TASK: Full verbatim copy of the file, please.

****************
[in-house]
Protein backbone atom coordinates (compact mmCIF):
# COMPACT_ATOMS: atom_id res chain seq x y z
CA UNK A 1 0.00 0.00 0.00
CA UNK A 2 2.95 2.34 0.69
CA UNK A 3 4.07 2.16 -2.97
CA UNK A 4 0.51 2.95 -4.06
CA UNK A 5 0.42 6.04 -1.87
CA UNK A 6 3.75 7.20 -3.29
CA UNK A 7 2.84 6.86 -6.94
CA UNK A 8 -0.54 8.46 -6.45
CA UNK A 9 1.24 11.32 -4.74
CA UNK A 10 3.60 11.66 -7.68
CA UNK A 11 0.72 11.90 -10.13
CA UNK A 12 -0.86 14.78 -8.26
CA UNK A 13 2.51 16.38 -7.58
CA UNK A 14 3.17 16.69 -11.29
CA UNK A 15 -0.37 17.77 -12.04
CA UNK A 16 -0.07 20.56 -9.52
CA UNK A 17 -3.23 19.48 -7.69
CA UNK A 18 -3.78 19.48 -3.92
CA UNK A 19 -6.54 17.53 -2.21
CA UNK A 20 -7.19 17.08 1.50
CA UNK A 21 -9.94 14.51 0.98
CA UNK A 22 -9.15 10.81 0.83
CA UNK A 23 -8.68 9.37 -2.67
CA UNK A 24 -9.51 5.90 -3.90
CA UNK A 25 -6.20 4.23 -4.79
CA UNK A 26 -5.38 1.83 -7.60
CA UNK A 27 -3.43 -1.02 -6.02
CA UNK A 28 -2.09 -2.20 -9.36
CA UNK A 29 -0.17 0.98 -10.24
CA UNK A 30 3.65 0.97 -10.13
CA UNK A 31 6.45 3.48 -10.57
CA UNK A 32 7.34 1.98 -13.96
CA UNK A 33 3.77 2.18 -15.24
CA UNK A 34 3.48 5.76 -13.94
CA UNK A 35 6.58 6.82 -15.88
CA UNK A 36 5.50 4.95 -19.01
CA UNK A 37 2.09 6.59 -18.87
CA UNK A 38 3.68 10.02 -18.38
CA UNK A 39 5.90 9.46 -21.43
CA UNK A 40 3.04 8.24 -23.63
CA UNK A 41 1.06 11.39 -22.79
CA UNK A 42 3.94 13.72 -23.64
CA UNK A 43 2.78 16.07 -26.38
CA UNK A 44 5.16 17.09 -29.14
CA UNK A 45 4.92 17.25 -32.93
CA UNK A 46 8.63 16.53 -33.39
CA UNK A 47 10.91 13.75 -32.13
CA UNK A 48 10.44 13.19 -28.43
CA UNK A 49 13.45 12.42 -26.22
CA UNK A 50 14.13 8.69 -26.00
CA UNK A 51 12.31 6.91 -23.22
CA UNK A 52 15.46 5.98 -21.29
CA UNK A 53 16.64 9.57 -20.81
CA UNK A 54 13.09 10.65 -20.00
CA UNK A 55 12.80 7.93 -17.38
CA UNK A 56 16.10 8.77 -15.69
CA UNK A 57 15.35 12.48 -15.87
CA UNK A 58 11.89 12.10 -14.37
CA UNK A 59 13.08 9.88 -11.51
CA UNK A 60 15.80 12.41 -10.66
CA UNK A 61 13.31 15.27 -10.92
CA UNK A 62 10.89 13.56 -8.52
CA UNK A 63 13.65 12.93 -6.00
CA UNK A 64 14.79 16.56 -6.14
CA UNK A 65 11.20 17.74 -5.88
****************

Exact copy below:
[in-house]
Protein backbone atom coordinates (compact mmCIF):
# COMPACT_ATOMS: atom_id res chain seq x y z
CA UNK A 1 0.00 0.00 0.00
CA UNK A 2 2.95 2.34 0.69
CA UNK A 3 4.07 2.16 -2.97
CA UNK A 4 0.51 2.95 -4.06
CA UNK A 5 0.42 6.04 -1.87
CA UNK A 6 3.75 7.20 -3.29
CA UNK A 7 2.84 6.86 -6.94
CA UNK A 8 -0.54 8.46 -6.45
CA UNK A 9 1.24 11.32 -4.74
CA UNK A 10 3.60 11.66 -7.68
CA UNK A 11 0.72 11.90 -10.13
CA UNK A 12 -0.86 14.78 -8.26
CA UNK A 13 2.51 16.38 -7.58
CA UNK A 14 3.17 16.69 -11.29
CA UNK A 15 -0.37 17.77 -12.04
CA UNK A 16 -0.07 20.56 -9.52
CA UNK A 17 -3.23 19.48 -7.69
CA UNK A 18 -3.78 19.48 -3.92
CA UNK A 19 -6.54 17.53 -2.21
CA UNK A 20 -7.19 17.08 1.50
CA UNK A 21 -9.94 14.51 0.98
CA UNK A 22 -9.15 10.81 0.83
CA UNK A 23 -8.68 9.37 -2.67
CA UNK A 24 -9.51 5.90 -3.90
CA UNK A 25 -6.20 4.23 -4.79
CA UNK A 26 -5.38 1.83 -7.60
CA UNK A 27 -3.43 -1.02 -6.02
CA UNK A 28 -2.09 -2.20 -9.36
CA UNK A 29 -0.17 0.98 -10.24
CA UNK A 30 3.65 0.97 -10.13
CA UNK A 31 6.45 3.48 -10.57
CA UNK A 32 7.34 1.98 -13.96
CA UNK A 33 3.77 2.18 -15.24
CA UNK A 34 3.48 5.76 -13.94
CA UNK A 35 6.58 6.82 -15.88
CA UNK A 36 5.50 4.95 -19.01
CA UNK A 37 2.09 6.59 -18.87
CA UNK A 38 3.68 10.02 -18.38
CA UNK A 39 5.90 9.46 -21.43
CA UNK A 40 3.04 8.24 -23.63
CA UNK A 41 1.06 11.39 -22.79
CA UNK A 42 3.94 13.72 -23.64
CA UNK A 43 2.78 16.07 -26.38
CA UNK A 44 5.16 17.09 -29.14
CA UNK A 45 4.92 17.25 -32.93
CA UNK A 46 8.63 16.53 -33.39
CA UNK A 47 10.91 13.75 -32.13
CA UNK A 48 10.44 13.19 -28.43
CA UNK A 49 13.45 12.42 -26.22
CA UNK A 50 14.13 8.69 -26.00
CA UNK A 51 12.31 6.91 -23.22
CA UNK A 52 15.46 5.98 -21.29
CA UNK A 53 16.64 9.57 -20.81
CA UNK A 54 13.09 10.65 -20.00
CA UNK A 55 12.80 7.93 -17.38
CA UNK A 56 16.10 8.77 -15.69
CA UNK A 57 15.35 12.48 -15.87
CA UNK A 58 11.89 12.10 -14.37
CA UNK A 59 13.08 9.88 -11.51
CA UNK A 60 15.80 12.41 -10.66
CA UNK A 61 13.31 15.27 -10.92
CA UNK A 62 10.89 13.56 -8.52
CA UNK A 63 13.65 12.93 -6.00
CA UNK A 64 14.79 16.56 -6.14
CA UNK A 65 11.20 17.74 -5.88